Abnormal Muscle Activation Patterns

It has been shown that people with unilateral chronic sprains of their ankle have weaker ipsilateral hip strength during abduction and increases in postural sway.

People with this increase in postural sway have been seen to have 7 times more ankle sprains than those without.

Fatigue of the knees and hips creates this greater sway in posture. 

Dynamic Malalignments

Excessively pronating the foot when doing weight bearing activity has been shown to cause alterations in the alignment of the tibia, femur, and pelvic girdle. This leads to stress from internal rotation in the lower body and pelvis.

This can cause strain on the soft tissues exposed.

Foot and Ankle Dysfunction and the Regional Interdependence Model

Ankle and foot dysfunction can have serious problems in the human movement system.

The motion of your foot and ankle will affect the structures close in proximity by disrupting the natural couples as they exist in the ankle, foot, tibia, femur, and hip.

There are very direct relations between ankle problems and problems showing up next in the knee.

This is because they are so close and affect one another. 

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Over Pronation

When the foot abducts too much and/or everts when doing closed chain exercise of the dynamic variety, there will be an associated break in the functional stability of the client’s foundation.

Over pronation leas to internal rotation of the tibia, adduction in the femoral area, and knee valgus alignment.

Many muscular imbalances are associated with over pronated positions. 

Over Supination

When we do the opposite and over supinate the foot, we will see increases in the plantar flexion and inversion when doing our closed chain exercises of the dynamic kind.

Plantar flexion and inversion couple with tibial external rotation, and this leads to tightness of the foot, ankle, and hip and a restriction in overall mobility. 

Assessment Results for the Foot and Ankle

Doing the lower body assessments barefoot will allow us better to see the function of the foot and ankle complex.

For some people, the assessments can be done in footwear if needed. 

We review all of the assessments we have in our CES flow discussed in the last few chapters. 

Static Foot and Ankle Posture

The first step for making a strategy for corrective exercise is to do a static postural assessment.

We should look for something related to pes planus syndrome, characterized by having flat feet and knee valgus present.

This position will have excessive stress on the muscles and connective tissues associated with ankle joint movement in dynamic moves. 

Another thing to look for is ankle plantar flexion, which is seen by knee hyperextension.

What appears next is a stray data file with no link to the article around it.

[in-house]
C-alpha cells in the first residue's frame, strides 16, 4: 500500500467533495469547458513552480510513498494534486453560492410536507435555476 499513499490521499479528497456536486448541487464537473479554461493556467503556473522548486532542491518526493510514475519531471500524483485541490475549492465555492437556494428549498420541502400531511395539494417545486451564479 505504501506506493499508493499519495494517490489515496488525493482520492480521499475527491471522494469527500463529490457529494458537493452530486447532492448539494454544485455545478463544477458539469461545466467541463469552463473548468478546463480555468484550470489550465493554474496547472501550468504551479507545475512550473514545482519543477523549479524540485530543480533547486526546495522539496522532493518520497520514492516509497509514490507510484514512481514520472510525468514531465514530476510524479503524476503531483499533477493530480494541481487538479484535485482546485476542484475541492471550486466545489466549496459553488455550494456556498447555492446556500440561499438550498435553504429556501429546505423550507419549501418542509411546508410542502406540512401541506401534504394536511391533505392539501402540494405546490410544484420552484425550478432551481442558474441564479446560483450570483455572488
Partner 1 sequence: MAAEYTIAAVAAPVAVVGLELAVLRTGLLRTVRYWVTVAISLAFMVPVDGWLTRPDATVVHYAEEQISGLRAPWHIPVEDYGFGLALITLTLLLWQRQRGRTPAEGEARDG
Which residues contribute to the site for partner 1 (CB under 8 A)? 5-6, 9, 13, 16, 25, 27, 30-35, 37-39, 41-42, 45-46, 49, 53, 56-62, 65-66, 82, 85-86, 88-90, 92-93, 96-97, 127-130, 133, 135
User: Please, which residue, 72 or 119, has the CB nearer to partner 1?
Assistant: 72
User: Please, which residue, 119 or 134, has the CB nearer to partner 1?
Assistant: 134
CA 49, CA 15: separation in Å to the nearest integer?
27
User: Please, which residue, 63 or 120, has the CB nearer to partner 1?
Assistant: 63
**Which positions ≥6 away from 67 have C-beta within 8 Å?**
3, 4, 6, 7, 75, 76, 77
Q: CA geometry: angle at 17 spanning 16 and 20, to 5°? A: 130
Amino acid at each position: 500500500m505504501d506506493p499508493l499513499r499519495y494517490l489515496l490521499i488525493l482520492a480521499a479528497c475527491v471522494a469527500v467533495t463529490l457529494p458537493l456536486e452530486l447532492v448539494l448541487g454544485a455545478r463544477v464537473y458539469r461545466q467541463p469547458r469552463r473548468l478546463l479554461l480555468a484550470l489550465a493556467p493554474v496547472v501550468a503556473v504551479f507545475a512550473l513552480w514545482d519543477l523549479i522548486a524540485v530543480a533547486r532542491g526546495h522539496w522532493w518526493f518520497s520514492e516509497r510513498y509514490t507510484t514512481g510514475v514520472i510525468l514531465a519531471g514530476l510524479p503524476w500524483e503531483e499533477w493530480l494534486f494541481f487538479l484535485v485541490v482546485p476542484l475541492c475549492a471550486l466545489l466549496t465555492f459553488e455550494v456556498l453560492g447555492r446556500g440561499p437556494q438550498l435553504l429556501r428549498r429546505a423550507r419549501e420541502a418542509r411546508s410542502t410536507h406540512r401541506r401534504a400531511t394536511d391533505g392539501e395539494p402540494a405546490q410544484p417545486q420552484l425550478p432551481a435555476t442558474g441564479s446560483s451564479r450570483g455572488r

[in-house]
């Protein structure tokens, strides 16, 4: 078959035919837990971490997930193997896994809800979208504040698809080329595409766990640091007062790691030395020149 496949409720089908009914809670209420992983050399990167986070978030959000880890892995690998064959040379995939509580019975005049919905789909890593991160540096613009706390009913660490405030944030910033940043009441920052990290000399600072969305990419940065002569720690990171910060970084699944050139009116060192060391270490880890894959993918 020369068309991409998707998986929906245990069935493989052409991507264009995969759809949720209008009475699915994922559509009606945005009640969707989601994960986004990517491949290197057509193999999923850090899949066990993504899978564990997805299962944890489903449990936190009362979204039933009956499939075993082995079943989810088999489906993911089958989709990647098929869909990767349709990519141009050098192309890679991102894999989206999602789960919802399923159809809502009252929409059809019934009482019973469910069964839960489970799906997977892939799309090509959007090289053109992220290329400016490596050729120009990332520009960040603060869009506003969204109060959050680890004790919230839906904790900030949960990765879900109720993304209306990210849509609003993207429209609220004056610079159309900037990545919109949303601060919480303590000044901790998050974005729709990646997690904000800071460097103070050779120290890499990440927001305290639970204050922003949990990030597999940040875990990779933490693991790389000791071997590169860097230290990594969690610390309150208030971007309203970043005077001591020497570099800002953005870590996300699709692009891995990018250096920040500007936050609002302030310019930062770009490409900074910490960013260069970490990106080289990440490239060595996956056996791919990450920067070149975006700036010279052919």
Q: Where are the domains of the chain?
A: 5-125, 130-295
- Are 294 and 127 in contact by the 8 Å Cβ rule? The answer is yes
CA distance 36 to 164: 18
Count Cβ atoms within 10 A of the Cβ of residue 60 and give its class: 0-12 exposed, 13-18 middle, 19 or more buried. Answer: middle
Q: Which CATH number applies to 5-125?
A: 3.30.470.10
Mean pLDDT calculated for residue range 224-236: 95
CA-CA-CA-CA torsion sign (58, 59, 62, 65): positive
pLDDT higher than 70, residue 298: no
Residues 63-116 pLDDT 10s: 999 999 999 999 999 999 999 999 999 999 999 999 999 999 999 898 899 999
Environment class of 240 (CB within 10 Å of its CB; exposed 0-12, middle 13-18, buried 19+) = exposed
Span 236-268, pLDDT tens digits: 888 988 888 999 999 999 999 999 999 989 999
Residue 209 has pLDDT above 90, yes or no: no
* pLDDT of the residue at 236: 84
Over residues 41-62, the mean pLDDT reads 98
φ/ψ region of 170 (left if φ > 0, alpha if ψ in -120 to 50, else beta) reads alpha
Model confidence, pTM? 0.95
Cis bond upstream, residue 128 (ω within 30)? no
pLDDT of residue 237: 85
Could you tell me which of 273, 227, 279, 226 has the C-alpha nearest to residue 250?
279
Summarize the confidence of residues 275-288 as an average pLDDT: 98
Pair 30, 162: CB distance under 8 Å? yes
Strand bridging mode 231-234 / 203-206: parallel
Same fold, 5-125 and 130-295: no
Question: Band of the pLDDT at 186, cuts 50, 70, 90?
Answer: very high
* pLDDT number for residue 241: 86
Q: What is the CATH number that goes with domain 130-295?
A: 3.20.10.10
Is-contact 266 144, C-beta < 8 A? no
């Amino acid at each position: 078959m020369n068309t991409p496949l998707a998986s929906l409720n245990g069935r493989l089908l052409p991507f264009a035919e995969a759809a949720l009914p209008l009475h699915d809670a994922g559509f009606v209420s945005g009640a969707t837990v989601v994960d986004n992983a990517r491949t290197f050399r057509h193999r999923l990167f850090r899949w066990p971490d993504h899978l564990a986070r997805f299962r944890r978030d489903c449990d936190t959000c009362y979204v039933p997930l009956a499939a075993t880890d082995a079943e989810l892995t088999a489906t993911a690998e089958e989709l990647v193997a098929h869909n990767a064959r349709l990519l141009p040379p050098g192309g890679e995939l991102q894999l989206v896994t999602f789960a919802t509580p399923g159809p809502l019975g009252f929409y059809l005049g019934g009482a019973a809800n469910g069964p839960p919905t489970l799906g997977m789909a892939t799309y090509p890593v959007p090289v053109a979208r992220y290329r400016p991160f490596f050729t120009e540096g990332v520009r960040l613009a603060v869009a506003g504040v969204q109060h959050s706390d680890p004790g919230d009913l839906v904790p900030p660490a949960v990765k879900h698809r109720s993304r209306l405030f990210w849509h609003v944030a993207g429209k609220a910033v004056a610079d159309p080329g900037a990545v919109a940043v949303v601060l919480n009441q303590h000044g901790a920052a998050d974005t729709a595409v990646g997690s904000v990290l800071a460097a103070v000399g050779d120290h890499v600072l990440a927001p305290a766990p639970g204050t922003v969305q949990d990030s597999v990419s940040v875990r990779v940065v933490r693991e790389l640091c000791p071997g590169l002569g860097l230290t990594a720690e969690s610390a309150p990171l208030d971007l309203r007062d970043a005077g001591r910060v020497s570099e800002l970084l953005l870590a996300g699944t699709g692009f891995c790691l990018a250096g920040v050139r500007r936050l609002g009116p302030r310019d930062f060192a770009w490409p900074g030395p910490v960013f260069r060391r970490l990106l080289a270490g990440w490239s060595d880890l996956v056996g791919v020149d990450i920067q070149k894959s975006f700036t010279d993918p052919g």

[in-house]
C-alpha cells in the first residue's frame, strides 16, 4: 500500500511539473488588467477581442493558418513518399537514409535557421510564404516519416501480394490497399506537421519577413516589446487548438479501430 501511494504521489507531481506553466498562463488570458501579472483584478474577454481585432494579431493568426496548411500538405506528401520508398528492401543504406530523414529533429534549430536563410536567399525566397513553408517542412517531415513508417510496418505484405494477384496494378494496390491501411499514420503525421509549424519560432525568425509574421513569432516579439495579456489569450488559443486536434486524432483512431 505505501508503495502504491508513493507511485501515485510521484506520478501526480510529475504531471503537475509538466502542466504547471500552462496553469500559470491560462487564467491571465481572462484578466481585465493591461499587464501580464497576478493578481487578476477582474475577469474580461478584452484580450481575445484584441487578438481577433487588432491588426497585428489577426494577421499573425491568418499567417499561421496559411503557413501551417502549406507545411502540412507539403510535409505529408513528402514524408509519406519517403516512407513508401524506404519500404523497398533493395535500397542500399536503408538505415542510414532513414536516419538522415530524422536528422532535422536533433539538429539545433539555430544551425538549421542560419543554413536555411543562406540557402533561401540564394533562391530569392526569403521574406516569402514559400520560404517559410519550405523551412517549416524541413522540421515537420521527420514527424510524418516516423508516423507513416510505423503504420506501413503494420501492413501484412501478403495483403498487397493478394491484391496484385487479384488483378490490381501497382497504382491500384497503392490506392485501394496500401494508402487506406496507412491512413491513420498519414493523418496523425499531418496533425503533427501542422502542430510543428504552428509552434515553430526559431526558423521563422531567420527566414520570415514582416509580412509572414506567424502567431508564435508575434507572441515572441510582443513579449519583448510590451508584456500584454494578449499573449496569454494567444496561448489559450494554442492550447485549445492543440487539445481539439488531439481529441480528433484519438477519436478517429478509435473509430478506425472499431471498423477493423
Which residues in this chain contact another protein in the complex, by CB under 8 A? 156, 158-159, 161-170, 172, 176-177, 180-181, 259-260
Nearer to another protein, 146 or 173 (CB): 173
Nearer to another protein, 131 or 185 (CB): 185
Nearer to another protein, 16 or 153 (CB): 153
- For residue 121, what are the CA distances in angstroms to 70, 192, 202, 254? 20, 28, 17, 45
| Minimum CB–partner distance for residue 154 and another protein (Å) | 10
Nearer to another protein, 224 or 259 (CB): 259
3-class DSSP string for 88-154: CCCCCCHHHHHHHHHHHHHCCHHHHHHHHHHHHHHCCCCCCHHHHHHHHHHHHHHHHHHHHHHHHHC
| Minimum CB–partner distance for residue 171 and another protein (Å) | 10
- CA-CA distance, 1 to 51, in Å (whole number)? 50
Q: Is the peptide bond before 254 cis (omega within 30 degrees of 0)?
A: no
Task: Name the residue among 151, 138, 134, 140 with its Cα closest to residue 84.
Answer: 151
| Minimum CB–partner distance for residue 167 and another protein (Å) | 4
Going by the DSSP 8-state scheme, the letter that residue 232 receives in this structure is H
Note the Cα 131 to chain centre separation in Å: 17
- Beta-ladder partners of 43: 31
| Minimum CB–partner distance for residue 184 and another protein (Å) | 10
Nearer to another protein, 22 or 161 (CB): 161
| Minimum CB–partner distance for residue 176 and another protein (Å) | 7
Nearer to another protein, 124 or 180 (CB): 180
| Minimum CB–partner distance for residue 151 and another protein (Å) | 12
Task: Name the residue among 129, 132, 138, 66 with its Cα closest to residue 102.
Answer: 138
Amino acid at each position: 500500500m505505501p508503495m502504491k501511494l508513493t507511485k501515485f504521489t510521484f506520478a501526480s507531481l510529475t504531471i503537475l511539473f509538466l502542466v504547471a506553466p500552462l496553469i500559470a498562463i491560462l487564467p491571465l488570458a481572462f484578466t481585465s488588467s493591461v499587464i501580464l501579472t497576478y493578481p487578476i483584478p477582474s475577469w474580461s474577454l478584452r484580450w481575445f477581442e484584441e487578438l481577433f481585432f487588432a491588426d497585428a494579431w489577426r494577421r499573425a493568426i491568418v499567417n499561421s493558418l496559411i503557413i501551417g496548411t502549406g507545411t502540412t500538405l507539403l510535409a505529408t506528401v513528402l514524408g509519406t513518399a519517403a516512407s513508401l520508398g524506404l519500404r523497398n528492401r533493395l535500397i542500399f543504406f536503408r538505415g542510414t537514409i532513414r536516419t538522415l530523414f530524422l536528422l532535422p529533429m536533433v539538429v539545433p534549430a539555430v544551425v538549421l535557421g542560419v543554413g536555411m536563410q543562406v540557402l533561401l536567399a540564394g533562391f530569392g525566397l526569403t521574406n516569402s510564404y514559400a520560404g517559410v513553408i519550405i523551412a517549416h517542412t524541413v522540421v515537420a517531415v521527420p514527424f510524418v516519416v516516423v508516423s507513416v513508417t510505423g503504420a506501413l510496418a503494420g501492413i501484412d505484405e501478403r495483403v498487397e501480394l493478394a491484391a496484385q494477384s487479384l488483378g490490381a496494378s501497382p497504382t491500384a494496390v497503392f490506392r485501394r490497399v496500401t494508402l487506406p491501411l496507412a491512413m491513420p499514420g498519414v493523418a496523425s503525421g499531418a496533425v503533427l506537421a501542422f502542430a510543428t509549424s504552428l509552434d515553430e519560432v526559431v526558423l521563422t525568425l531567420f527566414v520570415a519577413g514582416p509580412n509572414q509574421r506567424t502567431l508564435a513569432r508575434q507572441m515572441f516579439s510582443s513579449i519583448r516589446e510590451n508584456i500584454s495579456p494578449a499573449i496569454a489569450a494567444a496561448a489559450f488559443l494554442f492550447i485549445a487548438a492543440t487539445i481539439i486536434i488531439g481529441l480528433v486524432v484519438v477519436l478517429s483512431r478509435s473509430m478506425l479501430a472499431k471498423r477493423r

The positions of the knee and ankle are looked at using the posture classifications in Kendall’s classifications. 

Transitional Movement Assessments

The transitional movements follow the static assessments.

This is the next step toward finding the possible imbalances present in the body.

The overhead squat assessment should be done and then modifications can be made to get more details into any dysfunctions. 

Overhead Squat Assessment

Due to the squat needing optimal ankle mobility, many common compensations seen in the overhead squat will be associated with this lack of ankle dorsiflexion.

Pronation and knee valgus may be due to these restrictions due to the relation the ankle has to the knee.

Pay attention to the various ways we see the ankle affecting our overhead squat in the pictures. 

Single-leg squat

This is also a vital assessment for finding possible foot and ankle compensation.

Having to squat on one leg may show dysfunctions not found when squatting with two feet.

The main thing to look for is excessive foot and heel rise pronation. 

Loaded Movement Assessment

If someone can do the overhead squat and the single leg squat assessments with very little to no compensation, then there can be benefits to assessing their performance in the squat under loaded conditions.

The loaded squat assessment looks at dynamic posture, core stability, and overall neuromuscular control in regular conditions of exercise. 

Dynamic Movement Assessment

These can help to find whether foot and ankle deficiencies exist while doing more dynamic things like walking.

When doing a gait assessment, look at the person’s feet for external rotation or pronation.

Like the overhead squat, this may be seen along with knee valgus. 

Mobility Assessments

If the client has shown impairments of the foot and ankle when in a static posture, movement assessment, or both of these, then it is time to do a mobility assessment to pinpoint the cause of these imbalances even more. 

Corrective Strategy for the Foot and Ankle

The integrated assessment process will show patterns of compensation that may require the implementation of the corrective exercise programming in the foot and ankle complex, with the most common thing found being overpronation.